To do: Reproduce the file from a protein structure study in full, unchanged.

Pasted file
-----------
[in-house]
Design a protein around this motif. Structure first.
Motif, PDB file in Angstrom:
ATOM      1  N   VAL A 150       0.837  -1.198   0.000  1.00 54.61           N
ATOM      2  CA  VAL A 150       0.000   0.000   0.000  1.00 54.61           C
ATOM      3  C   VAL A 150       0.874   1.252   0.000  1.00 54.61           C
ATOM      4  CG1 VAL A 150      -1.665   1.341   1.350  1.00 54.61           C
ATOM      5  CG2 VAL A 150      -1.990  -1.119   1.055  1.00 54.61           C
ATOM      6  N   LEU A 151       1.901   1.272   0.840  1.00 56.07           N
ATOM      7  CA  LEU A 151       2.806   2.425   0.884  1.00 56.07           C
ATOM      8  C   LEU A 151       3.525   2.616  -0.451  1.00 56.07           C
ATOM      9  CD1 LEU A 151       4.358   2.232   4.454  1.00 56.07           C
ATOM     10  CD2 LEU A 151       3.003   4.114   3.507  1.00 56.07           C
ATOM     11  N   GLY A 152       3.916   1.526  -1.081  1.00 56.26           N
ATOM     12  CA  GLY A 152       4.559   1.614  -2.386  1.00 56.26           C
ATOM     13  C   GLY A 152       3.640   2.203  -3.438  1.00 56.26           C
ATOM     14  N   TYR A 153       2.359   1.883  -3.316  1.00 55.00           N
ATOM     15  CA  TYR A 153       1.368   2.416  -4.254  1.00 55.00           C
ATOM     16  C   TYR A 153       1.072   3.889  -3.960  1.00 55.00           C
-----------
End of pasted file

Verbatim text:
[in-house]
Design a protein around this motif. Structure first.
Motif, PDB file in Angstrom:
ATOM      1  N   VAL A 150       0.837  -1.198   0.000  1.00 54.61           N
ATOM      2  CA  VAL A 150       0.000   0.000   0.000  1.00 54.61           C
ATOM      3  C   VAL A 150       0.874   1.252   0.000  1.00 54.61           C
ATOM      4  CG1 VAL A 150      -1.665   1.341   1.350  1.00 54.61           C
ATOM      5  CG2 VAL A 150      -1.990  -1.119   1.055  1.00 54.61           C
ATOM      6  N   LEU A 151       1.901   1.272   0.840  1.00 56.07           N
ATOM      7  CA  LEU A 151       2.806   2.425   0.884  1.00 56.07           C
ATOM      8  C   LEU A 151       3.525   2.616  -0.451  1.00 56.07           C
ATOM      9  CD1 LEU A 151       4.358   2.232   4.454  1.00 56.07           C
ATOM     10  CD2 LEU A 151       3.003   4.114   3.507  1.00 56.07           C
ATOM     11  N   GLY A 152       3.916   1.526  -1.081  1.00 56.26           N
ATOM     12  CA  GLY A 152       4.559   1.614  -2.386  1.00 56.26           C
ATOM     13  C   GLY A 152       3.640   2.203  -3.438  1.00 56.26           C
ATOM     14  N   TYR A 153       2.359   1.883  -3.316  1.00 55.00           N
ATOM     15  CA  TYR A 153       1.368   2.416  -4.254  1.00 55.00           C
ATOM     16  C   TYR A 153       1.072   3.889  -3.960  1.00 55.00           C